This aspect of wrecking people’s lives is really not recognised, people focus on the disease and the treatment but the psychological issues run deep and cracks in relationships become crevasses.
Some people said that their relationship with their partner had got closer or stronger as a result of the illness. It had mended some broken or struggling relationships. People who had been married a short time said the illness disrupted plans for a normal married life. The experience could change personalities, altering the dynamics within a relationship. Joanna and her husband communicated with difficulty after strokes left him unable to speak.
Elsa is a retired business owner. She is divorced with no children. Ethnic background: White British.
What kind of impact did your illness have on your relationship with your boyfriend?
We had actually split. He was totally devastated but we’d remained friends. And he was devastated but I didn’t know that I was so ill at that time and when he got the call to say that I was there he was at the hospital right away. And he really didn’t think I was going to make it. So, yes, we got back together again. Whether or not that was because I was ill or I don’t know, it was fine. It was good at the time and we’re still friends now and that’s it, yeah. So he was very good. He was really good. And I needed him. I really did need him at that time and he knew it, and yes, he was there. He was at the other end of the phone and he was always, if I was at the hospital, he would go to the hospital with me. Yeah, he was very good. Yeah, very good.
Sorry, one of the things he did always know when I actually needed a blood transfusion. Always. When I was on the phone he could always just tell by my voice when I needed it. And it was him that actually sometimes organised it. He would phone the hospital and get them to do the blood transfusion.
Age at interview:
Age at diagnosis:
Marilyn is a retired administrator for Oxfam. She is married with one adult child. Ethnic background: White English.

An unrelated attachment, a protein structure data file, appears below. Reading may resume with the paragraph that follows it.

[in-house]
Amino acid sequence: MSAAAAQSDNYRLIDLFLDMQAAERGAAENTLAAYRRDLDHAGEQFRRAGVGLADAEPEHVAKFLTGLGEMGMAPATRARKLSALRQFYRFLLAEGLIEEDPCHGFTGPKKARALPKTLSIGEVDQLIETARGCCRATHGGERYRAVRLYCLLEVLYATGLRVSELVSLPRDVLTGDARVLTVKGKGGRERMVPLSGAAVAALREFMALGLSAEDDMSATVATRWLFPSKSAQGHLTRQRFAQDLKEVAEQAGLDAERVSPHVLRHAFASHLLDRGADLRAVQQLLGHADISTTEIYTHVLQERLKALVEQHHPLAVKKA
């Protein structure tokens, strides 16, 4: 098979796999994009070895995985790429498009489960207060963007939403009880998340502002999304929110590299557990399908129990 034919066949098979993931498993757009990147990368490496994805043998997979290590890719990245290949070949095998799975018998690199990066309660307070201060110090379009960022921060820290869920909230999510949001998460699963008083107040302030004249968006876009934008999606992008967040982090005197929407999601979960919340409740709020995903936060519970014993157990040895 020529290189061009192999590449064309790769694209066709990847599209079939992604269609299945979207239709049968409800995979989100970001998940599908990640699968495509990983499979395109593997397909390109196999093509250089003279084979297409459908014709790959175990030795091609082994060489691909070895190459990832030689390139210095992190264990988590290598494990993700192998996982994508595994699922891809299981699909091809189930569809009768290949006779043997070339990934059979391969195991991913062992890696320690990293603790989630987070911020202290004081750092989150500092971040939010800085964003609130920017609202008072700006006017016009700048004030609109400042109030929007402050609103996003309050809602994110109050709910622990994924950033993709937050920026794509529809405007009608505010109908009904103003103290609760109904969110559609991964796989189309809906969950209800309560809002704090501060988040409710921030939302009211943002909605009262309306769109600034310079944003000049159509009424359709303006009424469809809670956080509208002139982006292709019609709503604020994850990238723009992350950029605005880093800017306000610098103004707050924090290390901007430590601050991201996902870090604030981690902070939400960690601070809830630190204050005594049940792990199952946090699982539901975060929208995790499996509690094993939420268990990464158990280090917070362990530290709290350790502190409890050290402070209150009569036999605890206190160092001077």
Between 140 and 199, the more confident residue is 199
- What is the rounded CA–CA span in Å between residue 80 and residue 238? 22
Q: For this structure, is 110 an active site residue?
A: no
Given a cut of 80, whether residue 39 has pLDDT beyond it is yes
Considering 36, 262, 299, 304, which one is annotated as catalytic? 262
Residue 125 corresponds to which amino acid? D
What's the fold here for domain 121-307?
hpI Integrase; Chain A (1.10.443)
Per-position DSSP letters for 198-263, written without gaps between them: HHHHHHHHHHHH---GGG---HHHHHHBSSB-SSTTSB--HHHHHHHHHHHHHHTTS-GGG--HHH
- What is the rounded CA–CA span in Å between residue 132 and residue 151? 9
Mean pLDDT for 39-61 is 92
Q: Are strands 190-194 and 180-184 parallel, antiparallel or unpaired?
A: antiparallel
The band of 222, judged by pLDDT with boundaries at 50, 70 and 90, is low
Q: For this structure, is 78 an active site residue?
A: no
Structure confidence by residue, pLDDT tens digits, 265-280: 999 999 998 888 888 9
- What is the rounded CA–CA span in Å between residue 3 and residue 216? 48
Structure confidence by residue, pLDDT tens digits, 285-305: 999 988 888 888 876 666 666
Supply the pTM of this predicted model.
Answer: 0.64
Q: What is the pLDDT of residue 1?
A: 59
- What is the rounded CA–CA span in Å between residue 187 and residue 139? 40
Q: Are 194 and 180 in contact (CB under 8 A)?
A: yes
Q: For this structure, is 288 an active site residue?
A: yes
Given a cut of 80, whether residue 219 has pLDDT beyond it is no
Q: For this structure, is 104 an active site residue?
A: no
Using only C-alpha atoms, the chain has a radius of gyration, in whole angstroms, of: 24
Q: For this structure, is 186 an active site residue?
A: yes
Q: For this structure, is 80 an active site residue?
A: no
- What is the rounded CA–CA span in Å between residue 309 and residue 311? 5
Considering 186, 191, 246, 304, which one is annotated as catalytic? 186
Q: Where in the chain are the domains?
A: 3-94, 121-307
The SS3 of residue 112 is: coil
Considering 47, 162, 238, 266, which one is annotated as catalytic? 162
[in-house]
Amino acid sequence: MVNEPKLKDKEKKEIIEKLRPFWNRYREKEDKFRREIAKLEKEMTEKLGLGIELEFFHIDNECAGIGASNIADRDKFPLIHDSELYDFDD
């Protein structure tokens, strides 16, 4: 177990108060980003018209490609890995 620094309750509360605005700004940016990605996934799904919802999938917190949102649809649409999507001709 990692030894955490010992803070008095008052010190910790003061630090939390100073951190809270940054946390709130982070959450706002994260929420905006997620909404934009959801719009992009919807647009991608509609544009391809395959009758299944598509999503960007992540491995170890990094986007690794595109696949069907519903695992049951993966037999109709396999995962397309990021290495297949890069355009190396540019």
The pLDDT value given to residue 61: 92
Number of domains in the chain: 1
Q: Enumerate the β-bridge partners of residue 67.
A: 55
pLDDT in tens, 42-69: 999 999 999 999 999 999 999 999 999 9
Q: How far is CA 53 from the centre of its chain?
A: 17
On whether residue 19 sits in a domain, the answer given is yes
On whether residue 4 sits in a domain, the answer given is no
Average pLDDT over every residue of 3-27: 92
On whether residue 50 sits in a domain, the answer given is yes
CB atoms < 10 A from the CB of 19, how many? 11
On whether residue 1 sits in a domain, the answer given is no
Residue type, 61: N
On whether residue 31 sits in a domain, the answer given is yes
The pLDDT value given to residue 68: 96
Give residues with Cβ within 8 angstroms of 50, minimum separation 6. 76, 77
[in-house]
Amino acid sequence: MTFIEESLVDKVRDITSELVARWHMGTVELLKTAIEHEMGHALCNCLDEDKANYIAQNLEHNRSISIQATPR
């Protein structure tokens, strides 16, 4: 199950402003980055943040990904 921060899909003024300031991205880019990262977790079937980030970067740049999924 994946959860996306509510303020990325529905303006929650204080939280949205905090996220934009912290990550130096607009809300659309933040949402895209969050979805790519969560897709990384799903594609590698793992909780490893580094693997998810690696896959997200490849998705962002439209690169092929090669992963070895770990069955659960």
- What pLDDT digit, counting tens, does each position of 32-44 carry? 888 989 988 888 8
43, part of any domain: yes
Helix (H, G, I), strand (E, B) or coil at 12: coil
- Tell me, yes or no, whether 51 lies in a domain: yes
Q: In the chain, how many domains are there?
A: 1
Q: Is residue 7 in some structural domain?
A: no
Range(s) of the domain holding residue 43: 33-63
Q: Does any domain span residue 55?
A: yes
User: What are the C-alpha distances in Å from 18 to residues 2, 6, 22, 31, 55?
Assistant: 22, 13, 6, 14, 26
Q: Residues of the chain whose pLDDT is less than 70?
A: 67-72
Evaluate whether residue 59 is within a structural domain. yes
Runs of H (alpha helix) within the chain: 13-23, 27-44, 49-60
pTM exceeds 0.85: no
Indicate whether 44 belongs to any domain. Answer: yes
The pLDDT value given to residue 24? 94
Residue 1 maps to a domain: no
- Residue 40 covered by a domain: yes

I mean my life has felt fractured the for the last eight years. Not to the point where it’s gone completely, because I’ve managed to stitch it together, but it fractures in unexpected ways.
It’s made me less compliant. Choose my words carefully. I think when you’re in a relationship, especially one that’s been as long as ours, you often have a leader and a follower, which, you know, you choose your own path. Now I’m coming up to the leader bit and that’s changed a lot of things. And I’m sure that’s to do with having to find your inner strength to fight your battles and you become much more of a rounded person and much more of a confident person. So in a way, having leukaemia has made me more confident but it’s changed the balance of our life. To me it’s changed it for the better and I think that that’s an unexpected thing to have happened. I wouldn’t have expected that to have happened when I was told. I just expected to be ending up lying in bed having to be looked after, and it’s gone a different way.
Frances and her partner were joined in a civil partnership ceremony after her remission; before that her partner would have had no rights if anything had happened to her, something that worried them a great deal. Starting a new relationship after serious illness brings challenges too. Chanelle started a relationship years after her chronic myeloid leukaemia (CML) diagnosis and when her condition was stable. Occasionally, when she has a bad day, her partner finds it frightening as he isn't used to seeing her like that. Another woman with CML ended her marriage after her new husband became unsupportive of her lifestyle and her health began to suffer.
Susan is a retired teacher. She is widowed with 2 adult children plus 4 step-children. Ethnic background: White British.
Do you think having this illness has affected the way you feel about yourself as a woman at all, your femininity?
Oh Lord yes.
Oh, really. In what way?
I had a very happy second marriage and he died quite suddenly in what, ’95. And I still felt quite young and I didn’t in the least want to start another relationship because I didn’t see how I could, in honesty, what with being told I’d got MDS and possibly six months. How do you warm up to somebody and allow them to get fond of you and then tell them, well, he’ll probably be looking after me dying and I might not last that long and, tough, you’ve drawn the short straw. No, it was a great curtailer on that front. And I would have liked to have, you know, I would even have married a third time and been happy if I’d not had this hanging over me. But it seemed to me an inappropriate burden to put on other people.
But now that you’ve survived…
Well, perhaps I made the wrong decision but it was still, I wasn’t to know.
It’s not too late.
I don’t know. Yeah, I occasionally think about it. Yes, I’m fond of my men folk.
With support and clear communication people with cancer can still maintain a healthy relationship and enjoy a fulfilling sex life. Help is available for those who have difficulties. Health professionals don't always discuss sexual issues and patients may hesitate to raise them. However, specialist nurses can provide support, suggest solutions to sexual difficulties or refer for counselling.